ADA march

Marta Russell ap888 at
Thu Aug 31 15:54:38 PDT 2000

Some may remember previous posts on the ADA/constitutional issue -- FYI

Disability Rights March

>From Mouth the voice of disability rights
While we spend this summer celebrating the ADA's anniversary, that same civil rights law could be ruled unconstitutional by the Supreme Court this fall.

The Court in the case of Garrett v University of Alabama will answer this critical question: Did Congress overstep its authority when it passed the ADA? Arguments will likely be heard in October, with a decision issued in early 2001. If the Court rules against us, it could be a major step on the road to gutting the ADA. Recent Court cases on states rights -- and this is

another -- have not been in our favor. Garrett is a direct attack on our civil rights.

Right now we can build our legal case and send a political message -- "Don't mess with the ADA!" You can prevent the Attorney General in your state from signing onto Hawaii's amicus brief against the ADA. Minnesota's AG is writing a pro-ADA amicus brief. That's the one we want states to sign

onto. As we learned last year with Olmstead, states CAN take their names off the Hawaii brief even after the Court has heard the case.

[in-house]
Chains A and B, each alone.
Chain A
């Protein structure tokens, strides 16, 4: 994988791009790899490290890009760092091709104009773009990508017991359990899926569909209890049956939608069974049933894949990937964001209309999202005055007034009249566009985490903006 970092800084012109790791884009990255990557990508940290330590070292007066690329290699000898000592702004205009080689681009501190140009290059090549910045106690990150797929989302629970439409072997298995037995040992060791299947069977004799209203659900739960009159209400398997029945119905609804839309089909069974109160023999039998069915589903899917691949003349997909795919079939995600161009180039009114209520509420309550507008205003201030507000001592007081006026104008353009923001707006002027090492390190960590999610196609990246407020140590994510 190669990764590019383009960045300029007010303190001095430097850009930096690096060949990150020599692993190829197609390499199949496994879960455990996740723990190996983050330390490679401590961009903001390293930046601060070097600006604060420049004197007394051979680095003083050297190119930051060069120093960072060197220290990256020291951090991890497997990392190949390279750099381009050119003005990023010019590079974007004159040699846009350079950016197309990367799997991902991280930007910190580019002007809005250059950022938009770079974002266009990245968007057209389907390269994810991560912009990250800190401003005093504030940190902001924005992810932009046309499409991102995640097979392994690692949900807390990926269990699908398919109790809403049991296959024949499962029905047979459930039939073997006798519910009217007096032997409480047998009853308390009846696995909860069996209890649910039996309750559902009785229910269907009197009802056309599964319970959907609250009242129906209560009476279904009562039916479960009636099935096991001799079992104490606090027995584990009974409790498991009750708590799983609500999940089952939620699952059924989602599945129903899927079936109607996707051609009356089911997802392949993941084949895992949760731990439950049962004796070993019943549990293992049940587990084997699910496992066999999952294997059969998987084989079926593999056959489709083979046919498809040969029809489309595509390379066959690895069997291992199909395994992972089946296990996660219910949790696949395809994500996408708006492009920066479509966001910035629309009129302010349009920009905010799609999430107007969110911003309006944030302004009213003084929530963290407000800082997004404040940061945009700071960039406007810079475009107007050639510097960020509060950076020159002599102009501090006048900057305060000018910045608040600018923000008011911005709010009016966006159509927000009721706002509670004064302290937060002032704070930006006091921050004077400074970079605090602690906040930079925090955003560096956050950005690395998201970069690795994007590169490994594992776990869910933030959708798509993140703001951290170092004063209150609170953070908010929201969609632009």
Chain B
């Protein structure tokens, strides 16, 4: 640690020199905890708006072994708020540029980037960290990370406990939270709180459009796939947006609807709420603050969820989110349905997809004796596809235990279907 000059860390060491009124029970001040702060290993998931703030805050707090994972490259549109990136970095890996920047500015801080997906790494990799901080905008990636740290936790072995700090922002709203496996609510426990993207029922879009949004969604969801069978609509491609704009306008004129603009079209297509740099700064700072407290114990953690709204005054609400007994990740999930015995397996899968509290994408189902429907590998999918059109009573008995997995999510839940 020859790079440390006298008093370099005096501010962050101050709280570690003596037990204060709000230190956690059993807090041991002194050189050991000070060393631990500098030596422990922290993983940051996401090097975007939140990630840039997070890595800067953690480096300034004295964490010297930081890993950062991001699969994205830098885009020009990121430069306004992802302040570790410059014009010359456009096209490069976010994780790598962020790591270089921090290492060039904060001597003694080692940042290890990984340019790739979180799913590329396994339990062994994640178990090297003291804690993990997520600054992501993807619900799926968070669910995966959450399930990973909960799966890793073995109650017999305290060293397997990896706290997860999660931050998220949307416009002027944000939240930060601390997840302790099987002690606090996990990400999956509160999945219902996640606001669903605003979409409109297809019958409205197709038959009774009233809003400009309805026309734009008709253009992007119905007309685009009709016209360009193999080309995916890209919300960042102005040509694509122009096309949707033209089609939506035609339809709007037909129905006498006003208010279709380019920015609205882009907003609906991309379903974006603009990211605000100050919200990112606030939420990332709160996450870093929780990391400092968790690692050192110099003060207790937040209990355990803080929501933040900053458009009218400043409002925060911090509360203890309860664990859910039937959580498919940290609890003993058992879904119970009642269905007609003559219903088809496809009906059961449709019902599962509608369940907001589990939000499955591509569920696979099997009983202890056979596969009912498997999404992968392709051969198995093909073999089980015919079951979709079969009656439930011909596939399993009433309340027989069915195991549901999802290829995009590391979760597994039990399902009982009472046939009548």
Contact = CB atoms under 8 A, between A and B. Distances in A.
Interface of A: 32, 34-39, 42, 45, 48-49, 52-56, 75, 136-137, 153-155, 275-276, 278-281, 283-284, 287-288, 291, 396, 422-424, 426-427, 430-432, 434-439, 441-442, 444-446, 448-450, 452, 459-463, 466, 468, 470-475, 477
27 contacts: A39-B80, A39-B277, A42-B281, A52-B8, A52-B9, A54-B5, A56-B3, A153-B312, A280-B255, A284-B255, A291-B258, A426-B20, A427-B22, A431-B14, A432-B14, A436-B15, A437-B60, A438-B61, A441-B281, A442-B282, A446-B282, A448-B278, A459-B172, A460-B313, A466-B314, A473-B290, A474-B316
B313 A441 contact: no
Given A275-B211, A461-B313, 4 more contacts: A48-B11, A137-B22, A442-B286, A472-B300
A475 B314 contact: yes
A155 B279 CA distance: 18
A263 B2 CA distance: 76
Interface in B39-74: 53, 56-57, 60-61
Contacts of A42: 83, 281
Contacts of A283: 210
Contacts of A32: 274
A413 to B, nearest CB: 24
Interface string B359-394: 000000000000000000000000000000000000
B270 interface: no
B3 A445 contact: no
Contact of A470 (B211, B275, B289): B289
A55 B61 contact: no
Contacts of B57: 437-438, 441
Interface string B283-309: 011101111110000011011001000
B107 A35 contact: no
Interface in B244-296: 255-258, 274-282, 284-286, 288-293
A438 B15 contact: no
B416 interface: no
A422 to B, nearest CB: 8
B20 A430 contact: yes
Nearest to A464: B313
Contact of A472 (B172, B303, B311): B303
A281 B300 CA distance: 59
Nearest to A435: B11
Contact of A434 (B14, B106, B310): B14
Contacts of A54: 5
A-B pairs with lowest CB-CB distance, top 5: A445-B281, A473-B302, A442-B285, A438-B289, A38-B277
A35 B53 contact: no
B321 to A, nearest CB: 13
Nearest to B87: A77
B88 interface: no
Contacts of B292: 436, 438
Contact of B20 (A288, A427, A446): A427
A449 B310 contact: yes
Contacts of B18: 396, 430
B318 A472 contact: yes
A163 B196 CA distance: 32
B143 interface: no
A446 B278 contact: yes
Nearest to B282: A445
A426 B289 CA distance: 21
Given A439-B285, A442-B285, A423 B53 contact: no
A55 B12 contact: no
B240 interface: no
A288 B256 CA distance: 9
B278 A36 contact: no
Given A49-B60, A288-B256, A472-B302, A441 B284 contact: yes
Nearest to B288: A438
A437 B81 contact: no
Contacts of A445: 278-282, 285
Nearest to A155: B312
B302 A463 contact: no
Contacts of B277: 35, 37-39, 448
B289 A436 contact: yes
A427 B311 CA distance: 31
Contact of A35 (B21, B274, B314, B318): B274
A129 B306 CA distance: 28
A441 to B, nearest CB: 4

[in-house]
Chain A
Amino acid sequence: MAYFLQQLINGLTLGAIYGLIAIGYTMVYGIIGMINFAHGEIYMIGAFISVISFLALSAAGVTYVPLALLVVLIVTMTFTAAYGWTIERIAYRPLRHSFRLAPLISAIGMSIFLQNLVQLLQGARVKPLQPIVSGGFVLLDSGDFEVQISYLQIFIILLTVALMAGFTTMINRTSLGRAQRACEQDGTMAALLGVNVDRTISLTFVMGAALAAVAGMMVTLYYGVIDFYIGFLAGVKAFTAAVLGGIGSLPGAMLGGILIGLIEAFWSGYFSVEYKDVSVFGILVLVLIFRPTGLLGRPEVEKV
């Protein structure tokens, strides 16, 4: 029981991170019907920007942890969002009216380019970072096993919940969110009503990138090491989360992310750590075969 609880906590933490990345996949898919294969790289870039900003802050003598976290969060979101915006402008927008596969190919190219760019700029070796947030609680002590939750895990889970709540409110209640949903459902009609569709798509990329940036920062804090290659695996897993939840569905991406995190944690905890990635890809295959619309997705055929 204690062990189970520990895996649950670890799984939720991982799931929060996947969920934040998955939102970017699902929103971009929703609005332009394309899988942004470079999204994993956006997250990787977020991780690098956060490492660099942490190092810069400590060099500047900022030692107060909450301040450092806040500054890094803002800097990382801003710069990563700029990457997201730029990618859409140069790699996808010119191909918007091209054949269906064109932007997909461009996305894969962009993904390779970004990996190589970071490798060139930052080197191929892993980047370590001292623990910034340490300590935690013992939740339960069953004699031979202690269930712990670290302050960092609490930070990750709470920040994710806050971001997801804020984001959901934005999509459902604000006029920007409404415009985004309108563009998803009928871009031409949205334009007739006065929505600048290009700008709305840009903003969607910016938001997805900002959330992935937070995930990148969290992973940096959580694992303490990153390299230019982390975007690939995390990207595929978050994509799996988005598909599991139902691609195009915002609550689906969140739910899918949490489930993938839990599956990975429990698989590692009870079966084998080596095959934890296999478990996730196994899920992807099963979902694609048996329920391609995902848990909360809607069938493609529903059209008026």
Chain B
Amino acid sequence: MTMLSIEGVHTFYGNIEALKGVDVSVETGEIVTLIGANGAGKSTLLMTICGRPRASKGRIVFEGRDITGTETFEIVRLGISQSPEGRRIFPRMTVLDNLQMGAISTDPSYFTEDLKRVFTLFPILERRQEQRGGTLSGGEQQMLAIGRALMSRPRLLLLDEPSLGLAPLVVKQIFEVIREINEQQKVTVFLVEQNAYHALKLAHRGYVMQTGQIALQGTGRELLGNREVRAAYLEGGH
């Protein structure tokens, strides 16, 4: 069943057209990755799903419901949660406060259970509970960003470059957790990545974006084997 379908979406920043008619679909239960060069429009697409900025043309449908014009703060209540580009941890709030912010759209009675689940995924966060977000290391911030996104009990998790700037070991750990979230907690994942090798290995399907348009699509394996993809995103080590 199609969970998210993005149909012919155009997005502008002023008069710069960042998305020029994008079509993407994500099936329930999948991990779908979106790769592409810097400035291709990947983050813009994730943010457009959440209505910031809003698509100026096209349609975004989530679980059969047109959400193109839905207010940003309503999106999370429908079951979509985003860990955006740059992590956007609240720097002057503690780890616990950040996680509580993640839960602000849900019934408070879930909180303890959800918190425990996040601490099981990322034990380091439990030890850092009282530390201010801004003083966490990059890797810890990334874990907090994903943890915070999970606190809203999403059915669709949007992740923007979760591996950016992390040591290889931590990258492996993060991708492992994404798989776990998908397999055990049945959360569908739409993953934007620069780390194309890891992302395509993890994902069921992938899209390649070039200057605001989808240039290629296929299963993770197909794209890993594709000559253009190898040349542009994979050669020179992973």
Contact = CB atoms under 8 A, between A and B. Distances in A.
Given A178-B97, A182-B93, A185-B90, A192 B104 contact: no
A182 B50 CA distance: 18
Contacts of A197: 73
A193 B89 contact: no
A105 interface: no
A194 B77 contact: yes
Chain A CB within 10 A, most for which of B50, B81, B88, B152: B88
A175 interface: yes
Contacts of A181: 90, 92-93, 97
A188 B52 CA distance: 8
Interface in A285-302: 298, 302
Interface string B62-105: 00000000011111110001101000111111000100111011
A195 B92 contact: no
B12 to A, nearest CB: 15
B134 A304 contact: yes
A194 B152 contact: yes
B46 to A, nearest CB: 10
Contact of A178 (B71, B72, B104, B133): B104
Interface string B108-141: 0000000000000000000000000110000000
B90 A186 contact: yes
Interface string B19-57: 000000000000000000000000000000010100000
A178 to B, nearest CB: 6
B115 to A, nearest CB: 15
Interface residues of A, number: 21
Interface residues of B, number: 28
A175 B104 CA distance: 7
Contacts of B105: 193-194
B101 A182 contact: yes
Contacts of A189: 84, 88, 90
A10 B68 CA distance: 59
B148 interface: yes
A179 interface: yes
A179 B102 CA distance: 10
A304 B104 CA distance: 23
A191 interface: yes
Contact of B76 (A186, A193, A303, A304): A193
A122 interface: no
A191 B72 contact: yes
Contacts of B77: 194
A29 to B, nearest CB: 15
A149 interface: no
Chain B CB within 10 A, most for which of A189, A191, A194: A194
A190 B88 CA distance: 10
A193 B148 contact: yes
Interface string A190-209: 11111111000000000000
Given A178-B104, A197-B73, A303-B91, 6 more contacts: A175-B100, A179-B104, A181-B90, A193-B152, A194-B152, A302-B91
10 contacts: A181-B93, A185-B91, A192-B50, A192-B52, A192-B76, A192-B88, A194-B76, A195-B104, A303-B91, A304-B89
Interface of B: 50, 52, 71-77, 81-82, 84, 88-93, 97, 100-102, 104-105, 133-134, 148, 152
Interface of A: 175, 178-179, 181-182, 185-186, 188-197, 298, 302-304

The sky is falling again in Garrett v. U. of Alabama

At issue in the Garrett case is whether Congress had the constitutional authority under the Fourteenth Amendment to enact the ADA. If the Supreme Court says it did not, individuals (such as L.C. and E.W. in the Olmstead case) may no longer enforce Titles I and II against states. The Olmstead decision would be lost, and unenforceable. Recently the Court held, in Kimel v. Florida, that Congress had no authority to apply the Age Discrimination in Employment Act to the states. The Court called the ADEA "disproportionate" and an "unwarranted response to a perhaps inconsequential problem." If states-rights advocates win this case, states would no longer be required to make their buildings, schools, courtrooms and services accessible. States could also refuse to hire or provide reasonable accommodations to employees with disabilities.

What to do about it

1. Get your state's attorney general to sign onto Minnesota's amicus brief in the Garrett case. Start by calling his or her office and talking with the public servants he or she employs. When you get an answer on where that

office stands, organize from there to support or resist your state's stance.

2 . Promote the October 2nd Freedom March and Rally in DC. This is being coordinated by the American Association of People with Disabilities (AAPD) and has a host of national groups working to make it successful. The Supreme Court session opens on October 2nd and they will hear the Garrett case soon after. The disability community needs to show its support for the ADA on October 2nd. Bob Kafka and others believe that we should shoot for 50,000 people with disabilities in DC. This is only an average of 1,000

people per state.

Rallies and marches in and of themselves won't save the ADA but it would be

a show of power and energize people as we go back to our respective states.

Your support would be appreciated. See you on the 2nd!!

-- Marta Russell author Los Angeles, CA Beyond Ramps: Disability at the End of the Social Contract

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